4. Set device key weight to 10, and recovery server weight to 5. Given these account thresholds, both servers must be used to recover the account, as transaction signed by one will only have weight of 5, which is not sufficient to change account key.

Finally, sign and submit transaction to the network:


await stellar.submitTransaction(recoverableWallet.transaction);

Get Account Info

You can fetch account info from one or more servers. To do so, first we need to authenticate with a recovery server using the SEP-10 authentication method:

const authToken = await recovery
.authenticate({ accountKp: recoveryKp });

Next, get account info using auth tokens:

const accountResp = await recovery.getAccountInfo(accountKp, {
[server1Key]: authToken,

Our second identity uses an email as an auth method. For that we can't use a [SEP-10] auth token for that server. Instead we need to use a token that ties the email to the user. For example, Firebase tokens are a good use case for this. To use this, the recovery signer server needs to be prepared to handle these kinds of tokens.

Getting account info using these tokens is the same as before.

// get token from firebase
const firebaseToken = AuthToken.from(<firebase token string>)

const accountResp = await recovery.getAccountInfo(accountKp, {
[server2Key]: firebaseToken,

Recover Wallet

Let's say we've lost our device key and need to recover our wallet.

First, we need to authenticate with both recovery servers:

const authToken1 = await recovery
.authenticate({ accountKp: recoveryKp });

// get firebase token using firebase
const firebaseToken = AuthToken.from(<firebase token string>)

We need to know the recovery signer addresses that will be used to sign the transaction. You can get them from either the recoverable wallet object we created earlier (recoverableWallet.signers), or via fetching account info from recovery servers.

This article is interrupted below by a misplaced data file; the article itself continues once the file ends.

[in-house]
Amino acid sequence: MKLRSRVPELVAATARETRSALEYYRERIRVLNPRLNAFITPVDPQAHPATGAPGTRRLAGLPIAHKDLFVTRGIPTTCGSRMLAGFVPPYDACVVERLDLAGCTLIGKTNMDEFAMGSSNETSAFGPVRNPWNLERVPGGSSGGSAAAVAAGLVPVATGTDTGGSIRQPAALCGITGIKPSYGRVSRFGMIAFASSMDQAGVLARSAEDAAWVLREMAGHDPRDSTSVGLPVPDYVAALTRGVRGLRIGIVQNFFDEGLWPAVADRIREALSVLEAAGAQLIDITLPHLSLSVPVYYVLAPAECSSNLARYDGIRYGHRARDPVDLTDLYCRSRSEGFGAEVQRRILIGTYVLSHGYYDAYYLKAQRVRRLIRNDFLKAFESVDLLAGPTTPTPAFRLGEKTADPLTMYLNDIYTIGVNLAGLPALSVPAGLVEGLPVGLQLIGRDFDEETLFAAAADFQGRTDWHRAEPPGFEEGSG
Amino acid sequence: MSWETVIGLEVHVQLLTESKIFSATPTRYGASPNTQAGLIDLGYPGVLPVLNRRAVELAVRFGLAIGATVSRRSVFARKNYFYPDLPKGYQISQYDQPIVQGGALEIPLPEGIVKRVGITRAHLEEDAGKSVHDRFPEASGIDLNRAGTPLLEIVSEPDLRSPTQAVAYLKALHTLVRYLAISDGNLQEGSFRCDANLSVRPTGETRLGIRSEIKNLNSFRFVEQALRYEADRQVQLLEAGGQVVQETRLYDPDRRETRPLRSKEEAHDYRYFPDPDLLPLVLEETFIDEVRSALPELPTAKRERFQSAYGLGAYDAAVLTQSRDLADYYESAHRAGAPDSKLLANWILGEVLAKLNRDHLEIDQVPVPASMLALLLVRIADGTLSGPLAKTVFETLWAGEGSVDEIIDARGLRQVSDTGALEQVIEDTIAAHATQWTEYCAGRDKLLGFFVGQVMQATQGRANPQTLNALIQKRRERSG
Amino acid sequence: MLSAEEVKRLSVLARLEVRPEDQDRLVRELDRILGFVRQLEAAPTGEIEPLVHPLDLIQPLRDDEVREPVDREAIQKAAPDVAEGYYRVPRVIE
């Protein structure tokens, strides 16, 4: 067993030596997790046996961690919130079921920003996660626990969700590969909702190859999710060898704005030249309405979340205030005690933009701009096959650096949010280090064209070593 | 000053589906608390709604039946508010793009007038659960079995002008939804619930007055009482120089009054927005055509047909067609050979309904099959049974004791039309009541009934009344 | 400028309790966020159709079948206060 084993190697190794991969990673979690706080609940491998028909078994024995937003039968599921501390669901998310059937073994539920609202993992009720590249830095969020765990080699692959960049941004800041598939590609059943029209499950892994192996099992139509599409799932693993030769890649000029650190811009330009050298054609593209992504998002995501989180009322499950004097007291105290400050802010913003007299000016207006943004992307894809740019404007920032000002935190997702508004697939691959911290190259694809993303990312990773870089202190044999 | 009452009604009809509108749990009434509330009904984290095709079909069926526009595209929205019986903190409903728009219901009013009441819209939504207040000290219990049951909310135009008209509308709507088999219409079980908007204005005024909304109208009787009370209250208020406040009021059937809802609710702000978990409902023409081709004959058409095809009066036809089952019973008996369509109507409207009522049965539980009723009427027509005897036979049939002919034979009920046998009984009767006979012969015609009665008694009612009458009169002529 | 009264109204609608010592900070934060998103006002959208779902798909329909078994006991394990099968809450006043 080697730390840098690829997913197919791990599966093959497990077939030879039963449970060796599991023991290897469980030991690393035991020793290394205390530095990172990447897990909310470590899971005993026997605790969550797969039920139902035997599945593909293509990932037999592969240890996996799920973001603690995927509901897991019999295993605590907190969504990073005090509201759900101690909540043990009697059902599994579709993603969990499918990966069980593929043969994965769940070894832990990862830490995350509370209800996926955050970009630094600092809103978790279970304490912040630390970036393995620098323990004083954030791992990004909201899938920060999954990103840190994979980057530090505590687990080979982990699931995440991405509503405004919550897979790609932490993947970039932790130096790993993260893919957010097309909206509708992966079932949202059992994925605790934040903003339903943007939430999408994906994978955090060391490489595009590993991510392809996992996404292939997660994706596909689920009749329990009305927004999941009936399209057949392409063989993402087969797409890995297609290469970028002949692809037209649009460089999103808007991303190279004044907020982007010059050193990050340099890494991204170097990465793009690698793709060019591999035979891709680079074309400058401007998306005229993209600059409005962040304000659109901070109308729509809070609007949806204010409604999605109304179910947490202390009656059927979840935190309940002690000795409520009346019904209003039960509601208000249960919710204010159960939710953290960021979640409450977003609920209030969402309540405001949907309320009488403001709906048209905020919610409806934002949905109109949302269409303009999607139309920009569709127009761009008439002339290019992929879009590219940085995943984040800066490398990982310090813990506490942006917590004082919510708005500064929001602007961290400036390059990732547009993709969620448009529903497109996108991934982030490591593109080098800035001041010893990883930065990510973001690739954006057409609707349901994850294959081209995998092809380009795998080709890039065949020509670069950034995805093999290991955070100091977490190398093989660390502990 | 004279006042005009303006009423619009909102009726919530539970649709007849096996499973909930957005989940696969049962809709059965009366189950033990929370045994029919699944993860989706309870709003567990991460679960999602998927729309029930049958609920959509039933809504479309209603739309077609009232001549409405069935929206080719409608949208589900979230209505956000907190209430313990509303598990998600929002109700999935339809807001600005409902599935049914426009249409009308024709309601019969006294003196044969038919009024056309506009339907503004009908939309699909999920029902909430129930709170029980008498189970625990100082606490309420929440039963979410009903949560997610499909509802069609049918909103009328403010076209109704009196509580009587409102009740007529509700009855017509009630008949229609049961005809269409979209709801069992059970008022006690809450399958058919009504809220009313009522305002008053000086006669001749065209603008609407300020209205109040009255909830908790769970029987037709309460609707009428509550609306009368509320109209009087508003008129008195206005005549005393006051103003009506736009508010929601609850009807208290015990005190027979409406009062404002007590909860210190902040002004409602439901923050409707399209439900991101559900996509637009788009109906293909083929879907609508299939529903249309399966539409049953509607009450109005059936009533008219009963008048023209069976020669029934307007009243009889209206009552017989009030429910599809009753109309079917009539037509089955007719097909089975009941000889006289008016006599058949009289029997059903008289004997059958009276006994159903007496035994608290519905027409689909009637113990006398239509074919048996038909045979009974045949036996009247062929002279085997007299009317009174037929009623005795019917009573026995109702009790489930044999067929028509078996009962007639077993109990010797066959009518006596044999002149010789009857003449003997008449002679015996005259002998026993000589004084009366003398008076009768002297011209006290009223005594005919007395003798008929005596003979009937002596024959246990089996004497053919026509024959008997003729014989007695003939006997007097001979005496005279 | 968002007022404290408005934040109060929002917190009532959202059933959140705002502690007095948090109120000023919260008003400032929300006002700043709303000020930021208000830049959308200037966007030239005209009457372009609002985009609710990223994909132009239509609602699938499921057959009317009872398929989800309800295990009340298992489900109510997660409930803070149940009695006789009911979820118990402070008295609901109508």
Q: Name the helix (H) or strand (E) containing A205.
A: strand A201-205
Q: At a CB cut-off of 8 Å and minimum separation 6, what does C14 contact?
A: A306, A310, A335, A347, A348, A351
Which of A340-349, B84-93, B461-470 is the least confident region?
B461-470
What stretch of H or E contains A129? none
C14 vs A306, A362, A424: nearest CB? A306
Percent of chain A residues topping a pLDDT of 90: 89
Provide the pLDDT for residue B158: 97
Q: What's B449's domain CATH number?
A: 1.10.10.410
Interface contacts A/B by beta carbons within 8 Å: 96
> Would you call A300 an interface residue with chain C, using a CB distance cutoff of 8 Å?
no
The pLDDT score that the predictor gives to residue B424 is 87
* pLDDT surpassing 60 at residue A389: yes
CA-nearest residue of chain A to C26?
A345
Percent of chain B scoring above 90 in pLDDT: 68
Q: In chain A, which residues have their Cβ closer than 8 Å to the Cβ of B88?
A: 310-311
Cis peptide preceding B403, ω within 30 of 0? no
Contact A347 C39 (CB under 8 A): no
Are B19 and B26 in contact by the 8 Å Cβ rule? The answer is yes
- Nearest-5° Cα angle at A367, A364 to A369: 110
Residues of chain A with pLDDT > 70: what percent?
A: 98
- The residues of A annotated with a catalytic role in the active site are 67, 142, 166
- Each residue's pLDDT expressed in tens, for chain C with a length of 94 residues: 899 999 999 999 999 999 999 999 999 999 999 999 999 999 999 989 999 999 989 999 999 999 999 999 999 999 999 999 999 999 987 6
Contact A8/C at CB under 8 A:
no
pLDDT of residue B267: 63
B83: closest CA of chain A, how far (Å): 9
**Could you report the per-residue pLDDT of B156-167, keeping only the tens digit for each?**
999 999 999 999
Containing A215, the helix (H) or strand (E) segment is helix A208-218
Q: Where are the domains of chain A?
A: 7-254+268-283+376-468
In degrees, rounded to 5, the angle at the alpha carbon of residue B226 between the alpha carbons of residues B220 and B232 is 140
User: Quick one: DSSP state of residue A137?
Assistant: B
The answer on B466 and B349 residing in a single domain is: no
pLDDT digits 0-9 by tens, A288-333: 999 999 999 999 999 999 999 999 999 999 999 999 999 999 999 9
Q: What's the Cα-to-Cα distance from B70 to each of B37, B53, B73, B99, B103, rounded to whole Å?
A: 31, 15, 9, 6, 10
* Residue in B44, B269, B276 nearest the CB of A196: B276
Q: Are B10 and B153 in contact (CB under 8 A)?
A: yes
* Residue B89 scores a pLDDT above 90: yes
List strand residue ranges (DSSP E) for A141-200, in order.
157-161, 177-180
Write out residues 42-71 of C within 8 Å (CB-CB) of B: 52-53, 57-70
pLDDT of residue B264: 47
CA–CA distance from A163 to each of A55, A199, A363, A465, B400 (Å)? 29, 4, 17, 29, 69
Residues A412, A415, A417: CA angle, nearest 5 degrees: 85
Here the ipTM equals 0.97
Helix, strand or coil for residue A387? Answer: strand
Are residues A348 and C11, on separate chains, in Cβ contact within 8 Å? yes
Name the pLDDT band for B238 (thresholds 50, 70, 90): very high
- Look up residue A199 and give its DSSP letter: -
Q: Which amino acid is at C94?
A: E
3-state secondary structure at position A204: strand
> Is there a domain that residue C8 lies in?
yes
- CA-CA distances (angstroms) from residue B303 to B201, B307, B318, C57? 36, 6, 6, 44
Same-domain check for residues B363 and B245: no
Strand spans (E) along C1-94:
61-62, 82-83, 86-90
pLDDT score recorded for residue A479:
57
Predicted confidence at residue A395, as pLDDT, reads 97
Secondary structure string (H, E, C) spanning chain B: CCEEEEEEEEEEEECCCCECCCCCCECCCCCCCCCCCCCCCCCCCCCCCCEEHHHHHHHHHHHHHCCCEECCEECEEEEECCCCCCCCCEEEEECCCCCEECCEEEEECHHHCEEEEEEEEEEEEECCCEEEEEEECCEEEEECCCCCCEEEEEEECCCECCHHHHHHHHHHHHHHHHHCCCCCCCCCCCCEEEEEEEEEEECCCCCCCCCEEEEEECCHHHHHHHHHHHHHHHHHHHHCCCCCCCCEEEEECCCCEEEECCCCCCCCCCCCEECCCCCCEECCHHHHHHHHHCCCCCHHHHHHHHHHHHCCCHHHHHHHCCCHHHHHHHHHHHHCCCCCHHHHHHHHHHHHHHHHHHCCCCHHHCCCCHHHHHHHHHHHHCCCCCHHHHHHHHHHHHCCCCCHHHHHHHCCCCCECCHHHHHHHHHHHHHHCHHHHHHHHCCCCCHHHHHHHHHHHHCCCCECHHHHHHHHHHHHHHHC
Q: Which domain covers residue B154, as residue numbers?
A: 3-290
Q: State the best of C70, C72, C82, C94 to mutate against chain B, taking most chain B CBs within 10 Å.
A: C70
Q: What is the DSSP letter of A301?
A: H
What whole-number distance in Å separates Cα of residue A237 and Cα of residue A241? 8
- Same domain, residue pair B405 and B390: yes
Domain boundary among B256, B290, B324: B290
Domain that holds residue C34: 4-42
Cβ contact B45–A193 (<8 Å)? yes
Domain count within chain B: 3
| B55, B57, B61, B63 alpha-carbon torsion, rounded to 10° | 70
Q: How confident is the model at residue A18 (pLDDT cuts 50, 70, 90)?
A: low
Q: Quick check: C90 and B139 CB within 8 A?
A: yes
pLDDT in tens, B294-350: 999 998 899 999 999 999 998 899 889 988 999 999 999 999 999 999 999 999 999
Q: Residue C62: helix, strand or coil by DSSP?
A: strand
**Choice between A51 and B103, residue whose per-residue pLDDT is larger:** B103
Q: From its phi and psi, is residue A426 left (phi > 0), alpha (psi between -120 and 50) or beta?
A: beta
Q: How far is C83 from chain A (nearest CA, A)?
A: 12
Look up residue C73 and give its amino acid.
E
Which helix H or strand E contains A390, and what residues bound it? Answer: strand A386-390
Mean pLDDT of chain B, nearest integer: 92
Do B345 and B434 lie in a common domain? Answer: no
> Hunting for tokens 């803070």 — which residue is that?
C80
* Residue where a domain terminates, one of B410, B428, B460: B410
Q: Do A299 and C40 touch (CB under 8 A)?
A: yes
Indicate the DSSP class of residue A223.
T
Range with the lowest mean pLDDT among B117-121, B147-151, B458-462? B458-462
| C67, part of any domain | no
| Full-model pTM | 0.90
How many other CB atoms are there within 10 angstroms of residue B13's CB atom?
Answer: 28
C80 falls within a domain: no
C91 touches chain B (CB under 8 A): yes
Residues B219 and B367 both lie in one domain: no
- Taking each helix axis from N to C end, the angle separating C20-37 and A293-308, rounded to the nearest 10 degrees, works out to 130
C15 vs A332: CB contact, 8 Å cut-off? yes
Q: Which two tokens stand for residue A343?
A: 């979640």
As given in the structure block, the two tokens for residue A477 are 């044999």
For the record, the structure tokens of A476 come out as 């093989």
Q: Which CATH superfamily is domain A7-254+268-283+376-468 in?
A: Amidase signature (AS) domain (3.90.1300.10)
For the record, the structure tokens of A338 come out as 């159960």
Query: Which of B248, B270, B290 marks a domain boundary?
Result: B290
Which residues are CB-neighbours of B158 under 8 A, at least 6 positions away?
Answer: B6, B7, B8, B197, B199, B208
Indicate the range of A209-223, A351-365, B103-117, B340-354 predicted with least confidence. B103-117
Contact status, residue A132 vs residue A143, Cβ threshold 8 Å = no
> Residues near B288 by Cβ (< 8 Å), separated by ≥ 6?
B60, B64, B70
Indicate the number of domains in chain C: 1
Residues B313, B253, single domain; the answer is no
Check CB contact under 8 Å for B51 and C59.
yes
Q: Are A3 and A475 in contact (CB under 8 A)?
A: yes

const recoverySignerAddress1 = recoverableWallet.signers[0];
const recoverySignerAddress2 = recoverableWallet.signers[1];

Next, create a new device key and retrieve a signed transaction that replaces the device key:

const newDeviceKp = accountService.createKeypair();

const serverAuth = {
[server1Key]: {
signerAddress: recoverySignerAddress1,
[server2Key]: {
signerAddress: recoverySignerAddress2,

const recoverTxn = await recovery.replaceDeviceKey(

Calling this function will create a transaction that locks the previous device key and replaces it with your new key (having the same weight as the old one). Both recovery signers will have signed the transaction.

The lost device key is deduced automatically if not given. A signer will be considered a device key, if one of these conditions matches:

  1. It's the only signer that's not in serverAuth.
  2. All signers in serverAuth have the same weight, and the potential signer is the only one with a different weight.

Note that the account created above will match the first criteria. If 2-3 schema were used, then second criteria would match. (In 2-3 schema, 3 serves are used and 2 of them is enough to recover key. This is a recommended approach.)

Note: you can also use more low-level signWithRecoveryServers functions to sign arbitrary transaction.

Finally, it's time to submit the transaction:

await stellar.submitTransaction(recoverTxn);